• For more on environmental landscaping, visit
  • The City of Santa Barbara created a water conservation tip sheet.
  • This PDF from the NC Department of Environment and Natural Resources provides an in-depth guide to designing a water management strategy for your business.
  • Visit the Water Use It Wisely website to find water conservation resources in your area, including rebates and incentive programs.
  • Water Conservation, Mono Lake Committee
  • Water-efficient Toilets by Fusion
  • What Quality: It’s In Our Hands by Barbara Lucas on Vimeo


Water conservation saves money on water bills, is good for the environment, and will help ensure that water supplies last.


Glossary of Related Terms

Water Efficiency: Using the least amount of water possible to perform a task.

Water-Efficient Appliance: An appliance that limits or reduces the amount of water needed to perform a task (e.g., sensor controlled faucets, low-flow toilets, no-flush urinals). For more information on water efficient appliances, check out WaterSense.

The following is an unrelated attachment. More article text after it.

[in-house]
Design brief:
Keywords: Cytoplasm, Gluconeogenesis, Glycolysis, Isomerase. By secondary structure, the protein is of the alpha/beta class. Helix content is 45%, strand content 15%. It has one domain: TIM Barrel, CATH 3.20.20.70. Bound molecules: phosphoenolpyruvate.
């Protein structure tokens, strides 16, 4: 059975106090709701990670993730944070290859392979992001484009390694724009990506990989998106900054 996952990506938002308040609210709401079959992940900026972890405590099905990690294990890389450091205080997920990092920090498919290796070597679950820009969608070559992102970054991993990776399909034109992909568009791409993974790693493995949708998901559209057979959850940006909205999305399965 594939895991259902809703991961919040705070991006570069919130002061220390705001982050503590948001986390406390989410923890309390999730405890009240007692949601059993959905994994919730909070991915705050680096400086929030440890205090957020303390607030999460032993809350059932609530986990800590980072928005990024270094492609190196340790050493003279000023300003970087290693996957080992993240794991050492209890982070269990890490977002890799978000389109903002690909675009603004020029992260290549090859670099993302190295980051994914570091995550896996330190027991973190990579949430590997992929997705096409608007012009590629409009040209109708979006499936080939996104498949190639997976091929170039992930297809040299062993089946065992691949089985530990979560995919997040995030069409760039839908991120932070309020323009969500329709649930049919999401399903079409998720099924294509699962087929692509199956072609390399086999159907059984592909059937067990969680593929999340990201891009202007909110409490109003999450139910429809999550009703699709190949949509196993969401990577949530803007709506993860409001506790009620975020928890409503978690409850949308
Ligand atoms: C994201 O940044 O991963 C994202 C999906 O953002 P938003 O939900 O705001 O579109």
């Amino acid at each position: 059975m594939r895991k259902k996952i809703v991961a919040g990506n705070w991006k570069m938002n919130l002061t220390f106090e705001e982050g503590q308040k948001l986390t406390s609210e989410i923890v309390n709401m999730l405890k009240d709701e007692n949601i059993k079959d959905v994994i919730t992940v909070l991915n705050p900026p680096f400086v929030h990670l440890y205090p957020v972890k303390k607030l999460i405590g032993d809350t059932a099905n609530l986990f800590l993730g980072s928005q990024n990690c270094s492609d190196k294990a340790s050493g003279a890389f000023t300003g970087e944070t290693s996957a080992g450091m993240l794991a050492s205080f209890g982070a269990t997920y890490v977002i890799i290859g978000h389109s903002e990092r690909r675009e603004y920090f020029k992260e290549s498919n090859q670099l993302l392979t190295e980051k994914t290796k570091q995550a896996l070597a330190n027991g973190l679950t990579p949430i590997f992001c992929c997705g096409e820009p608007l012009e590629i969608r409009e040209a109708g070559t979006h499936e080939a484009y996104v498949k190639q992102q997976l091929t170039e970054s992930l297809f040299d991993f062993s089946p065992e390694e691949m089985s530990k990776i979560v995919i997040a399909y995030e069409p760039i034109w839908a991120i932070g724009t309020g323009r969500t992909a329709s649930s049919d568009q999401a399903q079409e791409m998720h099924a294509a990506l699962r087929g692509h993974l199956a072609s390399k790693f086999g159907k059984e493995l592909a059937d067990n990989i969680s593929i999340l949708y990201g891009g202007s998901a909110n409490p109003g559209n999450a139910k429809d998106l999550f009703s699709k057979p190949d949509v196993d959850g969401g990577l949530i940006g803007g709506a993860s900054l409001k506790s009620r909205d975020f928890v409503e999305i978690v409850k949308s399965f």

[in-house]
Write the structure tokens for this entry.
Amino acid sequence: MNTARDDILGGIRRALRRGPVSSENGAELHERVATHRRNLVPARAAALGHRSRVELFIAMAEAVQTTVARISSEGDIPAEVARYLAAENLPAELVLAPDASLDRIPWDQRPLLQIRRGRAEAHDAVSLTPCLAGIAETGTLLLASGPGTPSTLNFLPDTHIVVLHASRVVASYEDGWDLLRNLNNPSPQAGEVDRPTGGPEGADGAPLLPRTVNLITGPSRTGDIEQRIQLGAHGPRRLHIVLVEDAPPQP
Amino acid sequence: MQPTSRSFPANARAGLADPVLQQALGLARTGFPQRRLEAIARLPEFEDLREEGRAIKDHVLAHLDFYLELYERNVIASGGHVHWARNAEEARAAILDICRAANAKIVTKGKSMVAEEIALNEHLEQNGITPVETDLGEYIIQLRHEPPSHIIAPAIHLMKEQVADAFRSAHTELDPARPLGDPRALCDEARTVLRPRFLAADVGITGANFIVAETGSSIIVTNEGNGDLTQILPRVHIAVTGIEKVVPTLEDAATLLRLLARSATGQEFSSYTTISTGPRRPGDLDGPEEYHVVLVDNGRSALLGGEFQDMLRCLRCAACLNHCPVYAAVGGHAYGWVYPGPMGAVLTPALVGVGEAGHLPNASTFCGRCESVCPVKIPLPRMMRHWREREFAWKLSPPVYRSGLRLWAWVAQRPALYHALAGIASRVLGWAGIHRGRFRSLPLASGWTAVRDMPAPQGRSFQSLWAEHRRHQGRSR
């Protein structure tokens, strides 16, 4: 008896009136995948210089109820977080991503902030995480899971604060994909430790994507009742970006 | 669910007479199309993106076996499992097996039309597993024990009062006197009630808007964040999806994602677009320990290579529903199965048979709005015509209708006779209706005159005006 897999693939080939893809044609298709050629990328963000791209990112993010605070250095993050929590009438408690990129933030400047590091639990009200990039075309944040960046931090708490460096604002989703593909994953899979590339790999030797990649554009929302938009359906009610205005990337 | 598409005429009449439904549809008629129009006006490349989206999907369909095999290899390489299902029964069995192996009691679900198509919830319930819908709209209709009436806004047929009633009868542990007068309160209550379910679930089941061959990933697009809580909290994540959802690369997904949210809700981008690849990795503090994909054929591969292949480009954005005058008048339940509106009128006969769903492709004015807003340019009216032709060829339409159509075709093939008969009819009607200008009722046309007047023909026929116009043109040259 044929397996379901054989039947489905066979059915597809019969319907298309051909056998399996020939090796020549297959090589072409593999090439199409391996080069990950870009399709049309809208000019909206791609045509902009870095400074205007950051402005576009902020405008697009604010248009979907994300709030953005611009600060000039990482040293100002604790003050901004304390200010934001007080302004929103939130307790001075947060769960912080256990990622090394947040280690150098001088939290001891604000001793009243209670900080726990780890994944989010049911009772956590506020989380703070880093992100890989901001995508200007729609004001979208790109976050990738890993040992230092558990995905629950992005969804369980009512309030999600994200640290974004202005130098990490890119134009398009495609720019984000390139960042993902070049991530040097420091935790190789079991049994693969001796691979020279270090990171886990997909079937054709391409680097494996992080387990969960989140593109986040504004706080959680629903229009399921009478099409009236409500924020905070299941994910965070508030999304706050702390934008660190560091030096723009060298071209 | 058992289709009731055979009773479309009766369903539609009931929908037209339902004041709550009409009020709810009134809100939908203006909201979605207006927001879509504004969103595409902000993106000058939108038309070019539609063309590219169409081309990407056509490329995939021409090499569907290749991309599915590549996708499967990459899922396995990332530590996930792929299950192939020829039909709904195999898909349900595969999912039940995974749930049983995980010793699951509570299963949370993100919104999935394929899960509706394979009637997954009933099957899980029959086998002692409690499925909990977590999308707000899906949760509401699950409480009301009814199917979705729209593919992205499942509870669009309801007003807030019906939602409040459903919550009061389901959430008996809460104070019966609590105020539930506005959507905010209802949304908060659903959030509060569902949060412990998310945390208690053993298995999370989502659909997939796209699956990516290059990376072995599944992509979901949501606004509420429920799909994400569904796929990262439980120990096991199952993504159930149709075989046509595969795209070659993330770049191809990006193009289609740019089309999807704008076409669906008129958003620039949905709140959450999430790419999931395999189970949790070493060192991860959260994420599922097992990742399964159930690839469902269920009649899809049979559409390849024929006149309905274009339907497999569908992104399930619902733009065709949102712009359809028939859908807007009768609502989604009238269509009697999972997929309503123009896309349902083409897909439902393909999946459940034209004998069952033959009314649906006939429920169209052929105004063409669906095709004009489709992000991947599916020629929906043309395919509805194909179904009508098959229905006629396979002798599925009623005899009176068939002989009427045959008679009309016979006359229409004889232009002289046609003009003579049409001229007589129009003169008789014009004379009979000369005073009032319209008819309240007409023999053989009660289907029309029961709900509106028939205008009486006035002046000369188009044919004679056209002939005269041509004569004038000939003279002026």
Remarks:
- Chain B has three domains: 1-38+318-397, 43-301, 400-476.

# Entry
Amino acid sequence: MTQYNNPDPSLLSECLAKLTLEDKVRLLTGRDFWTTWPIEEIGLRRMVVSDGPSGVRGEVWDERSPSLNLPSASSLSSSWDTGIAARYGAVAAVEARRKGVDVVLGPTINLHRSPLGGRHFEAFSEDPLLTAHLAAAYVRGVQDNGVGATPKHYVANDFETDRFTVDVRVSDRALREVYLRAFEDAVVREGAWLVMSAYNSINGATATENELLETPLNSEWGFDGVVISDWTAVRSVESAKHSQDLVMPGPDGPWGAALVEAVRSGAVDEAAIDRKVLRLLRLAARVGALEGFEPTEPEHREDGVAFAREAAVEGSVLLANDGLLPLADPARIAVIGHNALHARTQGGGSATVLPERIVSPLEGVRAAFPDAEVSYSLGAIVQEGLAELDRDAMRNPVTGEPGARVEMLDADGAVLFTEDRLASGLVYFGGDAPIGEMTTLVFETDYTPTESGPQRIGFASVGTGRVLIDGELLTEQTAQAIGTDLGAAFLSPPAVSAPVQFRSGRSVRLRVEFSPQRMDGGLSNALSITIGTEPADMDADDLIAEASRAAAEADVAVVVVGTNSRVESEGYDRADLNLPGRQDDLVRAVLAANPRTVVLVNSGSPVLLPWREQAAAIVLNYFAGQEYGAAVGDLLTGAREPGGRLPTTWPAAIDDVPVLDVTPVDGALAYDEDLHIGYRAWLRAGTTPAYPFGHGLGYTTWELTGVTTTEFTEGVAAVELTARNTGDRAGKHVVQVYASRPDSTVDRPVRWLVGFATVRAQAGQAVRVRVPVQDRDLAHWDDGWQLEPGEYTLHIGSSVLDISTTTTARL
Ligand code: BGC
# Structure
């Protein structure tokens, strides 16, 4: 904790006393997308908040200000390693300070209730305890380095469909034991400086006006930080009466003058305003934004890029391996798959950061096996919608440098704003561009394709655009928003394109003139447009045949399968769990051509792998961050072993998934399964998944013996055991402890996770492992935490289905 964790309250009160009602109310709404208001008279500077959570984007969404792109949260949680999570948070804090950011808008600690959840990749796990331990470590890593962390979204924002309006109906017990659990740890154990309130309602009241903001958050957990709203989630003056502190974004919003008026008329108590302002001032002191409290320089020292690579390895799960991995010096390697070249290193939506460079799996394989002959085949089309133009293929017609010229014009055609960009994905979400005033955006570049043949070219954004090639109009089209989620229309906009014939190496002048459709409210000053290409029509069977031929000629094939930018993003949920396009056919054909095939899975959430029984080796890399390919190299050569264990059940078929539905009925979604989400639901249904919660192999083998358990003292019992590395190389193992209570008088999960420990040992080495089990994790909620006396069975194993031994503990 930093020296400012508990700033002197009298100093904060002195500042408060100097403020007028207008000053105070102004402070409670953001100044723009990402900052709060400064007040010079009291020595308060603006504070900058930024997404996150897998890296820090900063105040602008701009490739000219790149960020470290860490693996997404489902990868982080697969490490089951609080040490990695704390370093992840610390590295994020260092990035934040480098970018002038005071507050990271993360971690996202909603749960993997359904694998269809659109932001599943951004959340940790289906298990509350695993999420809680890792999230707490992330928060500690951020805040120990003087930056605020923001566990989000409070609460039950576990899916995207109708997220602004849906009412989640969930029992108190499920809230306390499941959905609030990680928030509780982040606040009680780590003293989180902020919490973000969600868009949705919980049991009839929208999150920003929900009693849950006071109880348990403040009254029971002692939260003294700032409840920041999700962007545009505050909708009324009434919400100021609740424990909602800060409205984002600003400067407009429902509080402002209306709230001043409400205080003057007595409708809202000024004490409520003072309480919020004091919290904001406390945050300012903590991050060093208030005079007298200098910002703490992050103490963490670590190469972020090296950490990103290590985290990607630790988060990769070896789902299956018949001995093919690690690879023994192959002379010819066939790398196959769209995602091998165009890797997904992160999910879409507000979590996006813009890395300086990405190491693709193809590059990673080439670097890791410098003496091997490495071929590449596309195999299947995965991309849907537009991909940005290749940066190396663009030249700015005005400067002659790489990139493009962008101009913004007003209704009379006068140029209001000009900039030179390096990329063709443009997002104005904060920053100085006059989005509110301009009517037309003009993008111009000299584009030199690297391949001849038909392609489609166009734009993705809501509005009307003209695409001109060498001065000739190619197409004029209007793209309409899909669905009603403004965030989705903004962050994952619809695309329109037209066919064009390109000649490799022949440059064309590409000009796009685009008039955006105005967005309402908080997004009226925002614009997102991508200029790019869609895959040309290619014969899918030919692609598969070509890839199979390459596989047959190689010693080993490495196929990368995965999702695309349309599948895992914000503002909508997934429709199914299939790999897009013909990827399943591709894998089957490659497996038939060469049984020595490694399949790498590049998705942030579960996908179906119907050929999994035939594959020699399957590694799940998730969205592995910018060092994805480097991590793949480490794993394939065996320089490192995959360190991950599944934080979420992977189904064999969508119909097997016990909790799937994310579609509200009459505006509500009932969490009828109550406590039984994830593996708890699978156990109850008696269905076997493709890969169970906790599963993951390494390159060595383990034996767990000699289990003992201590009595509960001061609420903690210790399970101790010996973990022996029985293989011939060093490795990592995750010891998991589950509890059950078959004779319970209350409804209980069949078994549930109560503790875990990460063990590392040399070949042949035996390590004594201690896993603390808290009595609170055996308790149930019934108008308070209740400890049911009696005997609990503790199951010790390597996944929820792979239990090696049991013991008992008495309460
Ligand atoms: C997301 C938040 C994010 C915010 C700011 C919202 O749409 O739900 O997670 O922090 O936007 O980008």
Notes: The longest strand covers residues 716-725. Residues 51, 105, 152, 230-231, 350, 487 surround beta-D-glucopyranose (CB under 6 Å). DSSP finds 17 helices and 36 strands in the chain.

[1] “How to Conserve Water and Use It Effectively” US Environmental Protection Agency, 13 January 2010,, accessed 26 July 2013.

[2] “Water Conservation,” US Environmental Protection Agency, 5 November 2012,, accessed 26 July 2013.

[3] “Conserve Water,” Global Stewards,, accessed 26 July 2013.

[4] “Indoor Water Conservation Tips,” City of Turlock,, accessed 26 July 2013.